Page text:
Mammalian oocytes are arrested in meiotic prophase by an inhibitory signal from the surrounding somatic cells in the ovarian follicle. In response to luteinizing hormone (LH), which binds to receptors on the somatic cells, the oocyte proceeds to second metaphase, where it can be fertilized. Here we investigate how the somatic cells regulate the prophase-to-metaphase transition in the oocyte, and show that the inhibitory signal from the somatic cells is cGMP. Using FRET-based cyclic nucleotide sensors in follicle-enclosed mouse oocytes, we find that cGMP passes through gap junctions into the oocyte, where it inhibits the hydrolysis of cAMP by the phosphodiesterase PDE3A. This inhibition maintains a high concentration of cAMP and thus blocks meiotic progression. LH reverses the inhibitory signal by lowering cGMP levels in the somatic cells (from approximately 2 microM to approximately 80 nM at 1 hour after LH stimulation) and by closing gap junctions between the somatic cells. The resulting decrease in oocyte cGMP (from approximately 1 microM to approximately 40 nM) relieves the inhibition of PDE3A, increasing its activity by approximately 5-fold. This causes a decrease in oocyte cAMP (from approximately 700 nM to approximately 140 nM), leading to the resumption of meiosis.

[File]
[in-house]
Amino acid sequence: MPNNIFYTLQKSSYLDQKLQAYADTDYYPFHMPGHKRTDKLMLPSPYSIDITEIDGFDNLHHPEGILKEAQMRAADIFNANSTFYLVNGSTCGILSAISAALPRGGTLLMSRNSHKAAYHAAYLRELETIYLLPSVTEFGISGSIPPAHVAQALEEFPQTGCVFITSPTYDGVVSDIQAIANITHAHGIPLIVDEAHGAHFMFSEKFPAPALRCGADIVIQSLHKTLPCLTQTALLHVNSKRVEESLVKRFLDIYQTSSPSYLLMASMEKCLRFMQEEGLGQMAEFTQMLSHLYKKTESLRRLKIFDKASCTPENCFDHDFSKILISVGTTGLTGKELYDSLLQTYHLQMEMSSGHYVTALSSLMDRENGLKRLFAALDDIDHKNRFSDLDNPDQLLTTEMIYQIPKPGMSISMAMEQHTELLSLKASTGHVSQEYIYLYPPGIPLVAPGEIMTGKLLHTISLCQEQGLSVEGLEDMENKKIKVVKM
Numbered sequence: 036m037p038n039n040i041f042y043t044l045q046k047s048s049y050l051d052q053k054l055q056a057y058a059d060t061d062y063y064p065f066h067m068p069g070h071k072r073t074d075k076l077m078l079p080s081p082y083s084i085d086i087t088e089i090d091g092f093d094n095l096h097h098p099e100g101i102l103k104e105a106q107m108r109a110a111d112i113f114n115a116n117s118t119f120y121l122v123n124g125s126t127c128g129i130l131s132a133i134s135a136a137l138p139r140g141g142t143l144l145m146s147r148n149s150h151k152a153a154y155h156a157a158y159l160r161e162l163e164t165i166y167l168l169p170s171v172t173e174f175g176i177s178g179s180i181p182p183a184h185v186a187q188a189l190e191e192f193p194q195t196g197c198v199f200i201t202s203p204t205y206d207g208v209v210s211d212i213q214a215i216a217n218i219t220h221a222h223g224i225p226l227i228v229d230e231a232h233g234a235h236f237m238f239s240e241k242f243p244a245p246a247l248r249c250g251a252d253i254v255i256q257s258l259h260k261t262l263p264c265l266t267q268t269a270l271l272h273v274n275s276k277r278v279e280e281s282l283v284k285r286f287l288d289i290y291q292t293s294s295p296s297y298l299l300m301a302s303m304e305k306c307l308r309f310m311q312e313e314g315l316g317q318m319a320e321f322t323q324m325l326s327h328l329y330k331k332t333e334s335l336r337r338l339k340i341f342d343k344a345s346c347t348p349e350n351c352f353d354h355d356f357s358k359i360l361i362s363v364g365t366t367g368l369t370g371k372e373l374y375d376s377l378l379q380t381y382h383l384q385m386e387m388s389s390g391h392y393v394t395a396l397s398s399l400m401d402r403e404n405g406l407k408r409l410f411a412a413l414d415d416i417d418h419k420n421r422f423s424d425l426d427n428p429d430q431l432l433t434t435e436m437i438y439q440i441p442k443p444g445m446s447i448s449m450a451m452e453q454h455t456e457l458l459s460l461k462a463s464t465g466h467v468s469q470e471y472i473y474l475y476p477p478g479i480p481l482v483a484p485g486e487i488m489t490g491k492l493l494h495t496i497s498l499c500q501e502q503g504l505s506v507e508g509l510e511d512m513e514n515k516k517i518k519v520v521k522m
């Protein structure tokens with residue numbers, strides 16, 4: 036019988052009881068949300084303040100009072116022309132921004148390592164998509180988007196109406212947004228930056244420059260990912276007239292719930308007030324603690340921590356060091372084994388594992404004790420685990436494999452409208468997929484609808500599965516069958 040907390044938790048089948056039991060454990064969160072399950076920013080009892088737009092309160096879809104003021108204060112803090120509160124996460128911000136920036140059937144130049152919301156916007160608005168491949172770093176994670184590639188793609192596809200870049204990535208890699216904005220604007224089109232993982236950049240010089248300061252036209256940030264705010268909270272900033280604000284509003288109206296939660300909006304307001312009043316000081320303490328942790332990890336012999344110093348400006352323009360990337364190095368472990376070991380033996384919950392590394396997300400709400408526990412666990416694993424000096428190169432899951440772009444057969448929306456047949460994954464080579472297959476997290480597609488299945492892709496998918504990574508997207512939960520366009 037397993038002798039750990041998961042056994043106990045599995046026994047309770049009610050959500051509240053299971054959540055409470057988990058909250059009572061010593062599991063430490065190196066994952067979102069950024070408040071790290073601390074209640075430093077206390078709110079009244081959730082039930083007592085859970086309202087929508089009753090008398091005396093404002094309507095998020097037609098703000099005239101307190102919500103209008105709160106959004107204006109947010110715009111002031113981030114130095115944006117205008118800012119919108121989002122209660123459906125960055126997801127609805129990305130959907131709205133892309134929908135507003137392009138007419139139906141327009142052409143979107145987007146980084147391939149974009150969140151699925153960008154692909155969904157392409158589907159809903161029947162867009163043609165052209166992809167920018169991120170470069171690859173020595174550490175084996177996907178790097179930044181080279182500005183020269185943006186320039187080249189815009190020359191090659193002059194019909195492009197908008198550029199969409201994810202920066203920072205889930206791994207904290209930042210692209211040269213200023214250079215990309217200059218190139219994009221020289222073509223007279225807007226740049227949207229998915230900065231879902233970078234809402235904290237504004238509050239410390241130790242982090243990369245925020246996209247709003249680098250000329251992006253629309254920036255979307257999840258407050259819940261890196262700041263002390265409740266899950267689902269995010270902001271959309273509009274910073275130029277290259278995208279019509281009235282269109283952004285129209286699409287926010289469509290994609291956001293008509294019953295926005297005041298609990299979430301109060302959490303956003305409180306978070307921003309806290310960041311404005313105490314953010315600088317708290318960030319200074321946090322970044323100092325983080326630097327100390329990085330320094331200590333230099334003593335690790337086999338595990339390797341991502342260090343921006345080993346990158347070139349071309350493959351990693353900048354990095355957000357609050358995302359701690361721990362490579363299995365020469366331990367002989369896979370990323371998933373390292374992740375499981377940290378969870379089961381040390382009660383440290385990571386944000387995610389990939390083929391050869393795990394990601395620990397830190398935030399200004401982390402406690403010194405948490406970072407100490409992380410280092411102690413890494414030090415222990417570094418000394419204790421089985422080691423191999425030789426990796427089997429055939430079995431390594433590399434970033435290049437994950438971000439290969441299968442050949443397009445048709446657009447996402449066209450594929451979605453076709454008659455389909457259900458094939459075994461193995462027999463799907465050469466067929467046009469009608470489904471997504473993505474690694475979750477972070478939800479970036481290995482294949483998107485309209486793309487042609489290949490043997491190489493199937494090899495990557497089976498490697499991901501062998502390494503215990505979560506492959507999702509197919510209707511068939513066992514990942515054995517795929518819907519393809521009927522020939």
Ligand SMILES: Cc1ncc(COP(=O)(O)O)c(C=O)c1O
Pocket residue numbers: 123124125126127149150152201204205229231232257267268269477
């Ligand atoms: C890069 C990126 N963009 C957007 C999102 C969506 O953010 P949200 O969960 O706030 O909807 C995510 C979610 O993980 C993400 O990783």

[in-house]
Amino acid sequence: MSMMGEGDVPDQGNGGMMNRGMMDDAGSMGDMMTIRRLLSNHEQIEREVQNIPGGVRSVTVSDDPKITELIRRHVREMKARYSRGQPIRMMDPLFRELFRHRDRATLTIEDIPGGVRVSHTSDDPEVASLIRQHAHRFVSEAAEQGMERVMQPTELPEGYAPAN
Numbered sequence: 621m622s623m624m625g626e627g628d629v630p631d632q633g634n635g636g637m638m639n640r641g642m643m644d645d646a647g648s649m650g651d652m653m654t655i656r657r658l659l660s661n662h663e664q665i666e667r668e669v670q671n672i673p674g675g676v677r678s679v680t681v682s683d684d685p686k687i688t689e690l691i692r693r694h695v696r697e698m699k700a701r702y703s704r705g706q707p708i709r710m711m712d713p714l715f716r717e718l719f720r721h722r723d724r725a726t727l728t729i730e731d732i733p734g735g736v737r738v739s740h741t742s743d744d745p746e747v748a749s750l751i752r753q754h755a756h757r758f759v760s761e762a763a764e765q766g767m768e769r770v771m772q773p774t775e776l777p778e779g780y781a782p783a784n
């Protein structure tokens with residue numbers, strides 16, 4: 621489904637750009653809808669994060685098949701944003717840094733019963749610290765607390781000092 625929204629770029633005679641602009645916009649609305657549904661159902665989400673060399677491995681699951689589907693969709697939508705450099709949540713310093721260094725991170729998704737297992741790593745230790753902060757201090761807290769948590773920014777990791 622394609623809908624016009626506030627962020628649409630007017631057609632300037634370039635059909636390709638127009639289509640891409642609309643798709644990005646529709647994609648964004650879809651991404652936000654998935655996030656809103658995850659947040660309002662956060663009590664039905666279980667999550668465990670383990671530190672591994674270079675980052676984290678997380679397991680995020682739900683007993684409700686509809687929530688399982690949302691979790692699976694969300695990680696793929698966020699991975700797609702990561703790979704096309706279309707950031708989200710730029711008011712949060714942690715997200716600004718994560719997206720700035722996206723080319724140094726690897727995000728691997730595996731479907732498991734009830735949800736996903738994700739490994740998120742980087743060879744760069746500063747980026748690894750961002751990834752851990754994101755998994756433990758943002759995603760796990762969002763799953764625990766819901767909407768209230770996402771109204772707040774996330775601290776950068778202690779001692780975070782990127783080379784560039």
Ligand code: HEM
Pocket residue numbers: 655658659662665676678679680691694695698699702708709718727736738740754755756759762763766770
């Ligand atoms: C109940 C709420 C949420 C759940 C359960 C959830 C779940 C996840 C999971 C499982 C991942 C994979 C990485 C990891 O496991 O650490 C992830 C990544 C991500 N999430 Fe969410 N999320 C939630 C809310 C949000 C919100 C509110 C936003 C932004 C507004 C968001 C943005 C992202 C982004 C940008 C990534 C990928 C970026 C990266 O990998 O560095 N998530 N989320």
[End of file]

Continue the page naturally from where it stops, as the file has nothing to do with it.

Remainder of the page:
A Technique for Monitoring Multiple Signals with a Combination of Prism-based Total Internal Reflection Fluorescence Microscopy and Epifluorescence Microscopy
Pflügers Archiv : European Journal of Physiology. Nov, 2009 | Pubmed ID: 19680684